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National Cancer Institute

Networks Among Tribal Organizations for Clean Air Policies

Project Title: Networks Among Tribal Organizations for Clean Air Policies

Organization: Mayo Clinic

Grant Number: 1U01CA154300

Principal Investigator: Scott Leischow

Note: The descriptions in this section were provided by the principal investigator and are not maintained or updated by NCI.

Co-Investigator:  Patricia Nez Henderson, Black Hills Center for American Indian Health

Study Summary
Dr. Leischow and his research team partnered with “Team Navajo,” a broad-based Navajo-led coalition dedicated to eliminating secondhand smoke in workplaces and public places on the Navajo Nation. When they developed this study, the primary focus was to examine how Team Navajo was working to impact smoke-free policies in Navajo Nation. After receiving feedback from the Navajo Nation Human Research Review Board and to better understand multiple sides of this complex issue, they expanded their focus to assess the perspectives of elected officials, Navajo traditional healers and others on commercial tobacco smoke-free policies. Thus, the overarching goal of this study was to evaluate both the Team Navajo network and the opinions and attitudes of other Navajo Nation stakeholders — including those who were not supportive of Team Navajo’s efforts and those who were neutral or undecided with regard to these efforts — and to provide evidence-based dissemination materials to inform the Navajo people in their discussions about the adoption and implementation of policies that eliminate exposure to commercial (nonceremonial) tobacco smoke.

Research Aims and Methods
1.    To map the structure and function of the Navajo Nation smoke-free network (i.e., Team Navajo), both cross-sectionally and over time.
2.    To document opinions of Team Navajo members and other social and political leaders and Navajo citizens who support, oppose, or are uncommitted in their opinions about Navajo Nation smoke-free policies, to understand the range of perspectives influencing passage of smoke-free policies in Navajo Nation.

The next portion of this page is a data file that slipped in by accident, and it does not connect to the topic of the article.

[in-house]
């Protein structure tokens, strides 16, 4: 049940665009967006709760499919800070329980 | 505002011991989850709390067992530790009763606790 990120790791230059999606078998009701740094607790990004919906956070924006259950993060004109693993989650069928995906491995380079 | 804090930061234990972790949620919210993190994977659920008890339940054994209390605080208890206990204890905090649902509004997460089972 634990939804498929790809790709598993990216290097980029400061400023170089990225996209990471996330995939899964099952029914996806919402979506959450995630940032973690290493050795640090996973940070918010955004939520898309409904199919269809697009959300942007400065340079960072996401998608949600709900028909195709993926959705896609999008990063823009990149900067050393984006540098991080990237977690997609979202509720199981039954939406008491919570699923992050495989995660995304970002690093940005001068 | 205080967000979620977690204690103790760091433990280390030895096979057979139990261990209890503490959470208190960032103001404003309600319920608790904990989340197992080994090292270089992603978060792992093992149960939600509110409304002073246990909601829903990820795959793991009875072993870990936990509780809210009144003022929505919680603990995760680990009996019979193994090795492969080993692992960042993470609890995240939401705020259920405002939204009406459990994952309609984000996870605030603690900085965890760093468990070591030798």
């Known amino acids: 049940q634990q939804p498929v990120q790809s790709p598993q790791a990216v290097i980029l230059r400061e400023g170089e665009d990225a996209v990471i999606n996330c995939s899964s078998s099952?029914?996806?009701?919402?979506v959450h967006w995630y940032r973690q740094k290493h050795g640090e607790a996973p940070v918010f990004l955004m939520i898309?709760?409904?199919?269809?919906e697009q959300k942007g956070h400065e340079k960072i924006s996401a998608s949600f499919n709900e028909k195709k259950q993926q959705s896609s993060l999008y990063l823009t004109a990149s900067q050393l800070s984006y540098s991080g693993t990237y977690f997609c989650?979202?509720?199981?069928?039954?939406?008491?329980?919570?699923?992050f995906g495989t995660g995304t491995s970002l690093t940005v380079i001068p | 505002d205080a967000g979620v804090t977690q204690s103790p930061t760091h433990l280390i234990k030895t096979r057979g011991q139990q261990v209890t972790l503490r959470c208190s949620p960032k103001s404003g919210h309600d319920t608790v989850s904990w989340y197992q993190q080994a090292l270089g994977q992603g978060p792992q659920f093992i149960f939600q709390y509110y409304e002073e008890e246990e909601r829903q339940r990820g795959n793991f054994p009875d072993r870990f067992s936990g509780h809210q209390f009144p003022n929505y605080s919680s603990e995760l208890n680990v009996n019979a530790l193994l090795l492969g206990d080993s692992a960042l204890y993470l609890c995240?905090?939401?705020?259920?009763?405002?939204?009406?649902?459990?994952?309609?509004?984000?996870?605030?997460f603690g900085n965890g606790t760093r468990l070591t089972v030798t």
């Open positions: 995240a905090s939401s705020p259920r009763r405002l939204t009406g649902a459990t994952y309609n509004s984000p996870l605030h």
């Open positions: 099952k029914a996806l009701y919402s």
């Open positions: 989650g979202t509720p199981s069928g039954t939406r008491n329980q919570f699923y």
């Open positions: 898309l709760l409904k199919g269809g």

3.    To track changes in smoke-free policies within Chapter communities, the five Agencies, and the Navajo Nation as a whole, to assess the relationship between social influences and policy change.
4.    To disseminate findings to Team Navajo, others in Navajo Nation and other tribes to inform discussions related to commercial tobacco smoke-free policies at local and national tribal levels.

Target Population: Navajo Nation smoke-free network

Key Findings

  • The analysis of the smoke-free network showed that few people served as key hubs in this grassroots coalition working toward smoke-free policies in Navajo Nation. This can be advantageous for ensuring that consistent information is disseminated through the network. It can also be risky, because the network may be vulnerable to collapse if the key hubs leave the network. Several sub-groups were identified, showing to some extent, the networks the coalition has tapped in order to accomplish all that it has achieved to date. Regional subgroups were also evident in the network. However, the data also showed that these subgroups became less distinct over the course of the three years and that they appeared to be starting to merge together.
  • We compared the opinions and beliefs of Navajo elected officials about smoke-free policies with those of Team Navajo members. A great majority of respondents in both groups support smoke-free policies, and a segment of both groups of respondents are concerned about the economic impact of smoke-free policies, particularly as it relates to gaming facilities and other businesses that allow smoking indoors. Our results suggest the proportion of elected officials with such concerns is decreasing over time.